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Teacher Lesson Return to "Have You Heard the One About the Pill?"
Have You Heard the One About the Pill?
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Media/News Literacy Lesson: How do you know that’s true?—Reading, Discussion, Short Writing Responses

Objectives: Help teens think critically about the information they gather from news items, the Internet, and other sources. Learn about the pros and cons of being on the pill.

Note to health teachers: One challenge teens face in making healthy choices is getting good information. They can’t make good decisions if they rely on misinformed friends for advice about how to prevent pregnancy or avoid getting HIV, for example. In this activity, teens are asked to assess the quality of the information provided.

Before the lesson: Write this list on a board or easel pad:

Sources of information:
Experts
Eyewitnesses
Research studies in reputable or well-known publications or web sites
Surveys
Friends
Relatives

Introduce the lesson/discussion: Ask each member of the group to name one item of information they heard or read today or yesterday. Tell them it could be from a website, television show, radio broadcast, magazine, newspaper, book, an ad, or a conversation. What was the item about and where did it come from? Write down the sources on the board or pad as they are mentioned.

Then ask the group if any of them had any doubts about the accuracy of the information they received. If you get any volunteers, ask them why they were skeptical. Ask them if the information itself seemed too weird to be true, or whether they mistrusted the source and if so, why?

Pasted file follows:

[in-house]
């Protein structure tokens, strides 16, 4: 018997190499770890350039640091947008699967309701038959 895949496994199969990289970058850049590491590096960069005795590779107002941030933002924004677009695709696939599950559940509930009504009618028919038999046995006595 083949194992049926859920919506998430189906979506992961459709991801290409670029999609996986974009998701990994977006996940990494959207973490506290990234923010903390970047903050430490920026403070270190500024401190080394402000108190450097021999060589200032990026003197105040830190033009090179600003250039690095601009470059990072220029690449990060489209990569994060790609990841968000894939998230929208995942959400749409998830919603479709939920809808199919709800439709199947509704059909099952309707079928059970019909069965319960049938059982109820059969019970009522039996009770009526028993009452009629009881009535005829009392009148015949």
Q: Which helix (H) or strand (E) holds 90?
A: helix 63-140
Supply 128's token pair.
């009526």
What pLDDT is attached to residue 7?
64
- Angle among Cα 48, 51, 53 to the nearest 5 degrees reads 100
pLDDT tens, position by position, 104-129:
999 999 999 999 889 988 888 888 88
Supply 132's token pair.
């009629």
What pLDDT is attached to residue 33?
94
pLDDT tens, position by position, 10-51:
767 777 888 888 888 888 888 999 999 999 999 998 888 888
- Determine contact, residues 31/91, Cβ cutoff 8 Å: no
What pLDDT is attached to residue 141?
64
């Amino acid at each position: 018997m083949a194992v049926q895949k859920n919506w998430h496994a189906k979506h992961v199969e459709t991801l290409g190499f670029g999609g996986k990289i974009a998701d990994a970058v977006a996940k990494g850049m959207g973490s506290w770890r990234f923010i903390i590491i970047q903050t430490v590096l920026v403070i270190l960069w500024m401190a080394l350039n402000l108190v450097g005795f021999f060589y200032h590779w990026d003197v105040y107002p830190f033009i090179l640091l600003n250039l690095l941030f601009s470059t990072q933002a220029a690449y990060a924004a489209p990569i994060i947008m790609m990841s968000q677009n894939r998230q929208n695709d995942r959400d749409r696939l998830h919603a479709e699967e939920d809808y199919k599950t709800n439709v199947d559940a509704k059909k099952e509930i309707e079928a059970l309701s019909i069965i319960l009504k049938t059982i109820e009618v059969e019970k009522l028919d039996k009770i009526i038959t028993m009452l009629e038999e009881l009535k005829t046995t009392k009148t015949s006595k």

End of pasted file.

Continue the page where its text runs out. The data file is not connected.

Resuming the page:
Read the story: Say to the group, “We are going to read a story about the birth control pill. The writer uses certain evidence to make an assertion about the pill and to show that false information has spread about the pill. After reading the story, you have to write five sentences. The first sentence should tell your readers what rumor or bad information the story attacks. The second sentence should tell your readers the correct information as presented in the story. The next three sentences should tell the reader why the evidence persuades you, or fails to persuade you, that the story’s claim is correct.”

NOTE: You can also put the writing requirements on the board.

You can have them read the article silently or ask for volunteers to take turns reading it aloud.

When they are finished reading, ask them to look at the sources of information list. Give the group 10 minutes to write responses identifying the types of sources that appeared in the story and which ones they would trust to make a decision about choosing a birth control method.

When they’ve finished writing, ask who thinks the story did a good job refuting the claims that the pill causes infertility and miscarriages. If you get volunteers, ask one of them to read their responses. Ask if anyone disagrees and, if anyone does, have them read their sentences. Guide a discussion about their answers.